That increase in downtown retail space will largely be driven by several mixed-use projects under construction, the report said. Besides Worldcenter, there is Brickell City Centre, which will contain a half-million-square-foot shopping mall, condominium towers, hotel rooms and office space; and Miami Central Station, a train, light-rail and bus hub with stores and apartments.

“A big portion of the population wasn’t being served,” said Brian Pearl, a founder of Global City Development, referring to everyday workers for whom low housing costs are a crucial consideration. This summer, Mr. Pearl’s company plans to begin construction on a five-story building with more than 200 apartments, from studios to two-bedroom apartments. Rents will be in the range of $1,000 to $2,000 a month.

“If you earn $60,000, $70,000 a year, you can afford to live there,” Mr. Pearl said in an interview.

Mr. Pearl’s firm plans to close next month on another property, where it expects to build about 260 rental apartments and 20,000 square feet of retail space. Both sites are near parks.

“We want to create areas where people can have a community experience,” Mr. Pearl said. “They can use the park, the local retailers, walk their dog.”

James W. Shindell, who heads the real estate group at the law firm Bilzin Sumberg, said that Miami was becoming “one of those gateway cities, like San Francisco, New York or Washington, that attract human capital.” And while rents have been going up, many professionals prefer to rent to stay flexible for their careers and enjoy features at new developments.

While there is evidence of saturation in the market for high-end condominiums, developers see profit in redirecting their sights toward buyers in lower income brackets. Nir Shoshani hopes to attract professionals aged 30 to 45 to a 500-unit condominium tower called Canvas, for which he broke ground in February. The average unit will cost about $400,000, he said, and be just 860 square feet.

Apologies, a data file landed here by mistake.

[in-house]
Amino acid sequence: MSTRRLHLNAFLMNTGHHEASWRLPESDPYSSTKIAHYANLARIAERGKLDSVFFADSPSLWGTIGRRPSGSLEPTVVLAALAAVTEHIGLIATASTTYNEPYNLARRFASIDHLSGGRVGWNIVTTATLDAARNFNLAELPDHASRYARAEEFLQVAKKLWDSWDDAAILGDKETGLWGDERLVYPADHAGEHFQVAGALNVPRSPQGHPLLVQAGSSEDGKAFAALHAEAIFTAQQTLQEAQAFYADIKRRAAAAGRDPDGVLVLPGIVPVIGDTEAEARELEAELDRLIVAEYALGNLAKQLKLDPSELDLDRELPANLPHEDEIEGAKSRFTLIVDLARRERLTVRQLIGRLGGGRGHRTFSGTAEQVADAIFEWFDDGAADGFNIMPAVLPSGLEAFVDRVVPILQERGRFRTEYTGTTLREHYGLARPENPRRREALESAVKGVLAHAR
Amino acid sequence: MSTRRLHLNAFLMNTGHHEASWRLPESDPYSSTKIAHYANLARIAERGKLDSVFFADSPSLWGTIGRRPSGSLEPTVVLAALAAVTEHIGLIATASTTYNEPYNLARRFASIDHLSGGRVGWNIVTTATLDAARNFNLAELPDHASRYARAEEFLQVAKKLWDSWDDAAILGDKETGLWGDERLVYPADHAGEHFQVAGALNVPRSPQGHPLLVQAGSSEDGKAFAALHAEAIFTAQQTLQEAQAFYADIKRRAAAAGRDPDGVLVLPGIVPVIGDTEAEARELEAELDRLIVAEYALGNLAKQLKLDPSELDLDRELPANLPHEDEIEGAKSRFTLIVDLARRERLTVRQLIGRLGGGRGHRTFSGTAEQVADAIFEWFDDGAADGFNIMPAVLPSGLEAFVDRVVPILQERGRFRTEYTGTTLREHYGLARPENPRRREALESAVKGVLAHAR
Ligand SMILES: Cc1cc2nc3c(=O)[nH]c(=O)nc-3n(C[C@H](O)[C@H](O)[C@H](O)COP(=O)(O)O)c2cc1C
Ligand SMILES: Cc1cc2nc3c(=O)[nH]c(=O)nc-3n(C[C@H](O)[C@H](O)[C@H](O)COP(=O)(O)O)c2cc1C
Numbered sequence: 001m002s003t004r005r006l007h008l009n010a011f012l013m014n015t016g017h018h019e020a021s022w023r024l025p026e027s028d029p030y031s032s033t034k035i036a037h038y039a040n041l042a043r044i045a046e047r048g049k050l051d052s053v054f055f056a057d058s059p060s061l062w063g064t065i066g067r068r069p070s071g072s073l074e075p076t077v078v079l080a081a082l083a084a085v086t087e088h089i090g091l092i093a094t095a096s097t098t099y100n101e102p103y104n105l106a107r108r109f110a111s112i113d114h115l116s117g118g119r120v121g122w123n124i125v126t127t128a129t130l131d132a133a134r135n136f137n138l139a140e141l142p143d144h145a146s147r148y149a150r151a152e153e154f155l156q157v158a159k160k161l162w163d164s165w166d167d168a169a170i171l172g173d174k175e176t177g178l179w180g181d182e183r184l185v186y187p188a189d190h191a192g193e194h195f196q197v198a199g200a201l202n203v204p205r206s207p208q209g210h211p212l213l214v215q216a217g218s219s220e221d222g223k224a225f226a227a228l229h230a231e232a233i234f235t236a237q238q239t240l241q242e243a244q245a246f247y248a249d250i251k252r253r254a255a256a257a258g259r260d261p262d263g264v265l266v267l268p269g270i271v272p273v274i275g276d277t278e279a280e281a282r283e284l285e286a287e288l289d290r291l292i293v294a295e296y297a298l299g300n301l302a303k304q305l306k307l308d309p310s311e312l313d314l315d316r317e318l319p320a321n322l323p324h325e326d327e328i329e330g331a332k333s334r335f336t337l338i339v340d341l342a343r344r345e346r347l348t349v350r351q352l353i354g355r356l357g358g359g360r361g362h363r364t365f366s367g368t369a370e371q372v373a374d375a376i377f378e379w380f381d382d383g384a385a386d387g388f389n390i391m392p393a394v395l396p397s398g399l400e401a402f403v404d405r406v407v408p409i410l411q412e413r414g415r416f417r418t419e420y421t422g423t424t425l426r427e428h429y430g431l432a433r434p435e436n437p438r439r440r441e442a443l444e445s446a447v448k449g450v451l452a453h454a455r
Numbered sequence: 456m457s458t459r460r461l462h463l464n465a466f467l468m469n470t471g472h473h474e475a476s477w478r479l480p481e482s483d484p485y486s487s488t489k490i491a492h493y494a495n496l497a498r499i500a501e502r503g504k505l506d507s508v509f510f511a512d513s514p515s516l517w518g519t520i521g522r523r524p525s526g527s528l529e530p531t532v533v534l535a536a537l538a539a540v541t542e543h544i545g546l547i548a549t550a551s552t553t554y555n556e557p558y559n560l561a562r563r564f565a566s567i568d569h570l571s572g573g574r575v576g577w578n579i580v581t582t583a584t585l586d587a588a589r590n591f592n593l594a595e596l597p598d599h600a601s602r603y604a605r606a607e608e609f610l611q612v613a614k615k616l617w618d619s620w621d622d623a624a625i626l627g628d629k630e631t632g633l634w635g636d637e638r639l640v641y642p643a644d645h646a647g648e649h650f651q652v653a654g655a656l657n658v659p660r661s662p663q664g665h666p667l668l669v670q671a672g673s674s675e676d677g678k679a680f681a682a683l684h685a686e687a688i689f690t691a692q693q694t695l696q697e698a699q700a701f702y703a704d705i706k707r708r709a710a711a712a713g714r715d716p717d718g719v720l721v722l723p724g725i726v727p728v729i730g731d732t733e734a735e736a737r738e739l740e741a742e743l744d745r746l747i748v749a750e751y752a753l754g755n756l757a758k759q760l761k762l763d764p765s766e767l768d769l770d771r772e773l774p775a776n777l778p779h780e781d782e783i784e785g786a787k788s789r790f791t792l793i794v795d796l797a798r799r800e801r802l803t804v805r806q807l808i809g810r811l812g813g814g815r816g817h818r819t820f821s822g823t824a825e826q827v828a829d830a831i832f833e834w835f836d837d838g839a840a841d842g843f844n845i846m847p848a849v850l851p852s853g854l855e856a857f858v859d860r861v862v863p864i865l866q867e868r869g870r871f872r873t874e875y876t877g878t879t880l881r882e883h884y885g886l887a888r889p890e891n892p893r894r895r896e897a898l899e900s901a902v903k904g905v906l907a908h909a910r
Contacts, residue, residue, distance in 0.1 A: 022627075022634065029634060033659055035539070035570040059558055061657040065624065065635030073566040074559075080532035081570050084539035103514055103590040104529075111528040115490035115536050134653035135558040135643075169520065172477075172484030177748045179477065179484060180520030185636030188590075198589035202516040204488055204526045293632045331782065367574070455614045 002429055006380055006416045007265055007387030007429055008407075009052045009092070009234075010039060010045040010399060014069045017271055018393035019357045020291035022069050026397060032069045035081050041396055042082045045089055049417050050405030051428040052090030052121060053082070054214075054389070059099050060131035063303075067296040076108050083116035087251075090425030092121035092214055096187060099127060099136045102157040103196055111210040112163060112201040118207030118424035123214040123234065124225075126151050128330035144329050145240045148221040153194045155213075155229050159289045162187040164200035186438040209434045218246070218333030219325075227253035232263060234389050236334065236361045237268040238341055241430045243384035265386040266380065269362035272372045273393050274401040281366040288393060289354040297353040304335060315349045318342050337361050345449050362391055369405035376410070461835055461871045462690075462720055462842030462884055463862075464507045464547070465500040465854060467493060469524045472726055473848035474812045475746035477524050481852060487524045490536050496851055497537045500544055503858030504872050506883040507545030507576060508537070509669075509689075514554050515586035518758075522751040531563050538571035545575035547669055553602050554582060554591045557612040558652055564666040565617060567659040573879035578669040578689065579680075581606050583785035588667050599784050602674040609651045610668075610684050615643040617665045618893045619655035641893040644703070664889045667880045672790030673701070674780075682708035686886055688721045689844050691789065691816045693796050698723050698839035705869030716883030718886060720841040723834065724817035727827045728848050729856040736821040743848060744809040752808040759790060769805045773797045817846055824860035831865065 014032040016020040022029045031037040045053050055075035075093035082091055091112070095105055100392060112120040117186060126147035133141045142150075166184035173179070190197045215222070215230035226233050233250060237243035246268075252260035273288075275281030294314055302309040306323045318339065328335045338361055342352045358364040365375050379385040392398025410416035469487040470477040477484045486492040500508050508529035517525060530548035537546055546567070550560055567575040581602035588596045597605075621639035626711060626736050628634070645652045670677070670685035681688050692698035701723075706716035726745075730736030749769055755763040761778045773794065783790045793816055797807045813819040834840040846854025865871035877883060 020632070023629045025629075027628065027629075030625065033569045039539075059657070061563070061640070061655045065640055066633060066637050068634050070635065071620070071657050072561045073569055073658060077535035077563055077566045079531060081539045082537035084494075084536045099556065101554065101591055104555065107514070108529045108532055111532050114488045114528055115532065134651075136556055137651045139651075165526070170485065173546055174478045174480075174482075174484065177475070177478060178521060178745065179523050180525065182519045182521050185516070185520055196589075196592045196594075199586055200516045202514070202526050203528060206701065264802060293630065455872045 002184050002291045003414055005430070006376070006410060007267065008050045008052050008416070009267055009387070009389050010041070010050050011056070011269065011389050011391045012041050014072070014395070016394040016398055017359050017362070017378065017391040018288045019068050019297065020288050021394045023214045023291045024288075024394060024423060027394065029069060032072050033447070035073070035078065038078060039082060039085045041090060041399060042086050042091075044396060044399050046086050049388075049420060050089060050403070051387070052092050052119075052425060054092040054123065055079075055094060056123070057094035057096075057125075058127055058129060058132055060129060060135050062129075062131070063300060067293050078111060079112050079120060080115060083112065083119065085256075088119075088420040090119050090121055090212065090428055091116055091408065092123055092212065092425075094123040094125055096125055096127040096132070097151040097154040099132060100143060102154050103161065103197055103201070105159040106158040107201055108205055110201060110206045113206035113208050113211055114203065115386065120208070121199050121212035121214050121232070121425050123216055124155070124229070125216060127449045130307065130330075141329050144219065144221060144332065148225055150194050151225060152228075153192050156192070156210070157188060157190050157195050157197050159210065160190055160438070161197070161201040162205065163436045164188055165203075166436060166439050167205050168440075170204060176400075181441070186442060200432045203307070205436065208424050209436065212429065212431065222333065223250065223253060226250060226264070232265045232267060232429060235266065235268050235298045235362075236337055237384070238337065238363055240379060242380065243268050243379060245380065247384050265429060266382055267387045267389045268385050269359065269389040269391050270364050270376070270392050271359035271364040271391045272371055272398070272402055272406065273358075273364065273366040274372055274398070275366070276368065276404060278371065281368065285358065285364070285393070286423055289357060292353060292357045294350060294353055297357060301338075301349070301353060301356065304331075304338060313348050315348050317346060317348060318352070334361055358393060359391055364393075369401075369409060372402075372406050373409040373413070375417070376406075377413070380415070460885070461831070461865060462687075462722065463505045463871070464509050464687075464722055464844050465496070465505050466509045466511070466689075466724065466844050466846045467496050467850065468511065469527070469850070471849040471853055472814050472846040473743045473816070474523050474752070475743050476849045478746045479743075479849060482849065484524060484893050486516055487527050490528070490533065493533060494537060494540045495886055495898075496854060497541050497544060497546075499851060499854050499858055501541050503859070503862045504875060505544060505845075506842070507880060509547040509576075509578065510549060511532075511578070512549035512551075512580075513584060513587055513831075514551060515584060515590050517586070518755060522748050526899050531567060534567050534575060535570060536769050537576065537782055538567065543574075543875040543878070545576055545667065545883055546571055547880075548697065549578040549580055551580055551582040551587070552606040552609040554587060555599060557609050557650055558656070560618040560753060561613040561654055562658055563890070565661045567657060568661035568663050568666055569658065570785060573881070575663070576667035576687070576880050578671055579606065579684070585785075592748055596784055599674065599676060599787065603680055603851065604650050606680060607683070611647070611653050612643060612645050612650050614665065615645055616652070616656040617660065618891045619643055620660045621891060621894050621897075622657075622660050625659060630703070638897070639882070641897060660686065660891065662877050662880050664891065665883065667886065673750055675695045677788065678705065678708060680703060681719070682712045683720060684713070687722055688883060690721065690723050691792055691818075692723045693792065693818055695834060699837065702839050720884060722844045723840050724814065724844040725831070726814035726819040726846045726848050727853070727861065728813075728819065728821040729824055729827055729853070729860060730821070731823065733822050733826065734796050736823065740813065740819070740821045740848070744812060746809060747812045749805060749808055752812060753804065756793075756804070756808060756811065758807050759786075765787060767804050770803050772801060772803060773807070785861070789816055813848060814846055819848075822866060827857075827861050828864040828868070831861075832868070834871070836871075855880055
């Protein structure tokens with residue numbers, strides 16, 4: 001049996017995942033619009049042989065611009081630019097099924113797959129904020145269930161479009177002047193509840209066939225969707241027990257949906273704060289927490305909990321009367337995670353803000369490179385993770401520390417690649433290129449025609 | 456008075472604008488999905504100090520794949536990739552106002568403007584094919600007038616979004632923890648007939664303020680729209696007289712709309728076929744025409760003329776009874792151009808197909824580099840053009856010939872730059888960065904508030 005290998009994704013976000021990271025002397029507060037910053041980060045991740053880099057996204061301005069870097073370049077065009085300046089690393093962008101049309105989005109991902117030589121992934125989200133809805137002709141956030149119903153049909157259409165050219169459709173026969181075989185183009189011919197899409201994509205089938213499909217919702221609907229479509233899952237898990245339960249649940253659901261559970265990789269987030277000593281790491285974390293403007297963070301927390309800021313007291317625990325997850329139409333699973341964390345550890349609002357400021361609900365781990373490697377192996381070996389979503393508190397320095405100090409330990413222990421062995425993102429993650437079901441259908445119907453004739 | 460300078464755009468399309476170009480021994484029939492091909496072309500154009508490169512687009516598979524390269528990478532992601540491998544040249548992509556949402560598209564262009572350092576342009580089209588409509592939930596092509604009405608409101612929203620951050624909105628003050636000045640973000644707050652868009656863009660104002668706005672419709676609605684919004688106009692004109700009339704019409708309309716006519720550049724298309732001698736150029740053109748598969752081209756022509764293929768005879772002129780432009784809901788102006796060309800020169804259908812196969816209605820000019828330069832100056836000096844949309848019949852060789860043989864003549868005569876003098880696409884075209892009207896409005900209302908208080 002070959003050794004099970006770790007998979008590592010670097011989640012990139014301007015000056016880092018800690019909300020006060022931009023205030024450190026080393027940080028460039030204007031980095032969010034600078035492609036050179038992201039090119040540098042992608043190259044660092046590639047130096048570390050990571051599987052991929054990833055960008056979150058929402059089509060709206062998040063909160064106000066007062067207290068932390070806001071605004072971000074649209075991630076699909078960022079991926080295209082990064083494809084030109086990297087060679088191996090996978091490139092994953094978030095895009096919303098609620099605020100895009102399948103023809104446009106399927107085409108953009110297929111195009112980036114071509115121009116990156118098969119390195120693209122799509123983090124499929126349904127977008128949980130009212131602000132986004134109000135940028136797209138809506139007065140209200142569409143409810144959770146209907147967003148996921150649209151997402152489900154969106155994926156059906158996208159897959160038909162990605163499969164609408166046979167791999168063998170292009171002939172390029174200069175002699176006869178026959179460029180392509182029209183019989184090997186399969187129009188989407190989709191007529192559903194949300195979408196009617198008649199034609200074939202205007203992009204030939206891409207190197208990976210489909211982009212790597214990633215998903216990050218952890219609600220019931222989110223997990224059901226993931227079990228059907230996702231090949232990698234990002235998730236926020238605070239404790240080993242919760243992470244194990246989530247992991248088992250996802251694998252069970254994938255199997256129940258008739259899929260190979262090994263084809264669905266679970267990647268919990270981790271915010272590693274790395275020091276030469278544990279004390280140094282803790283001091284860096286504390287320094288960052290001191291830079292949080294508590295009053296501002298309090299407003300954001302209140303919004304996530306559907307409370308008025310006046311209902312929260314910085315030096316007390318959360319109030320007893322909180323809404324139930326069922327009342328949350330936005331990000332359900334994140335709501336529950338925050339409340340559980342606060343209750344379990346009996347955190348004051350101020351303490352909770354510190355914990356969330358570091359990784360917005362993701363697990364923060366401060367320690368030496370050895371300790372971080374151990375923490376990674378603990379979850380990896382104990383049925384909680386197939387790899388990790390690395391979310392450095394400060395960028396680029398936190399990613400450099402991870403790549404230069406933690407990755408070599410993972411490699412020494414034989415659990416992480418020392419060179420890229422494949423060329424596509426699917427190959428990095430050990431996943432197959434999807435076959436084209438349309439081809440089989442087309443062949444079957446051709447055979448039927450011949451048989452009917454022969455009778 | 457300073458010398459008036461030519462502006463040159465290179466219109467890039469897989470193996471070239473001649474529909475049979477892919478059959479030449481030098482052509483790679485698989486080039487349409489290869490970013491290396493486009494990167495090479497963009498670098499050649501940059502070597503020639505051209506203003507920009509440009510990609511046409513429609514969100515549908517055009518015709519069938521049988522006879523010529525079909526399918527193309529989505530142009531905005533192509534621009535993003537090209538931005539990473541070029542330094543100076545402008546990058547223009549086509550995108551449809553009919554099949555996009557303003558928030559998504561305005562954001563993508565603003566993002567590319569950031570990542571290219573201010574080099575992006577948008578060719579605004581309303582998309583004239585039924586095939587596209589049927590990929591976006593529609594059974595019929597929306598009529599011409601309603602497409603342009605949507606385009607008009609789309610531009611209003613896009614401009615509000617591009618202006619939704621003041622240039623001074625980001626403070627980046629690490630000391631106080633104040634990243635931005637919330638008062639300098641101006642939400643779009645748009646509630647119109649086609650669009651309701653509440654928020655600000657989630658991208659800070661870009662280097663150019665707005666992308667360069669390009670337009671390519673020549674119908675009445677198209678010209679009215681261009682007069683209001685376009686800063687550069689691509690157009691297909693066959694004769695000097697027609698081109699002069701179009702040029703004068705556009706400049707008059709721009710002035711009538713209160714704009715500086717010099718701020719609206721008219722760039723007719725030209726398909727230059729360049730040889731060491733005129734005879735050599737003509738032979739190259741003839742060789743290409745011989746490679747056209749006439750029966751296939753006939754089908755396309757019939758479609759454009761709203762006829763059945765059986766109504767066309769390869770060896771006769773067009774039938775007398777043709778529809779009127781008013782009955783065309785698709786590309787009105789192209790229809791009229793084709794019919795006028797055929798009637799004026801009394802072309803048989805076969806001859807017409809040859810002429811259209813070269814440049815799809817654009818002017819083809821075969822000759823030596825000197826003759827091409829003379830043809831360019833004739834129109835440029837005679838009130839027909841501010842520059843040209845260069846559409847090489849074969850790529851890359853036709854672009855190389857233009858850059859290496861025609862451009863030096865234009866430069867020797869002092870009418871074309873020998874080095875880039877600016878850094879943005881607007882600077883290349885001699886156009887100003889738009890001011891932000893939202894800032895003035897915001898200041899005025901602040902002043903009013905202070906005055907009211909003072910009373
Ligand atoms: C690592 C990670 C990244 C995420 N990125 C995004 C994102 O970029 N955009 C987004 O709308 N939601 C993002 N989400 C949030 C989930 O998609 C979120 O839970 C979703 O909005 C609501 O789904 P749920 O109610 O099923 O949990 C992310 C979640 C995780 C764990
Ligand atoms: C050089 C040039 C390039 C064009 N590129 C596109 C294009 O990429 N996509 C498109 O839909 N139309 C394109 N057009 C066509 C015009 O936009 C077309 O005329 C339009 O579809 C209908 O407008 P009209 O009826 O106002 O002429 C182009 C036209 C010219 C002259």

For years, there was little to attract outsiders to downtown except the American Airlines Arena, the Miami Heat’s home court, which opened in 1999, and the Adrienne Arsht Center for the Performing Arts, now a decade old. In the last few years, the Pérez Art Museum Miami arrived, and the Patricia & Philip Frost Museum of Science is under construction. And the Wynwood arts district is now commanding such high prices that some artists and gallery owners are looking further afield to set up shop.

Adding to the renewal of downtown is a $13 million project to restore a half-mile section of Flagler Street, which long ago was the city’s pre-eminent urban thoroughfare but fell into decay in recent decades. The plan, inspired by the pedestrian-only Ramblas in Barcelona, Spain, is to transform the street with outdoor cafes, wider sidewalks and valet parking. The developer Moishe Mana has already invested more than $200 million in properties on and near Flagler Street.

“Every year it’s becoming more like a city,” said Michael A. Comras, a developer whose optimism about Miami’s financial health led him last year to form a partnership that bought the CocoWalk shopping complex in Coconut Grove for $87.5 million and the Shops at Sunset Place, a mall in South Miami, for $110 million, both of which he plans to renovate.

“Today the pie is getting bigger, so when one area gets hot it doesn’t suck the life out of the other ones,” Mr. Comras said. “There’s enough for everyone.”

Not everyone here is as optimistic. Ezra Katz, the chief executive of Aztec Group, a real estate investment banking firm, said it would take several years to absorb the apartments and condominiums that have already been built or are in the pipeline. He was concerned also that infrastructure improvements have not kept pace with development in the city’s core.

“We have doubled the number of people living in the urban area, but new roads, transportation, parking, sidewalks and bridges haven’t appeared,” Mr. Katz said. “We have set ourselves up for several years of congestion and traffic nightmares in and around downtown. Developers and government agencies saw the writing on the wall years ago and had the wherewithal to act, but didn’t. Now it’s too late.”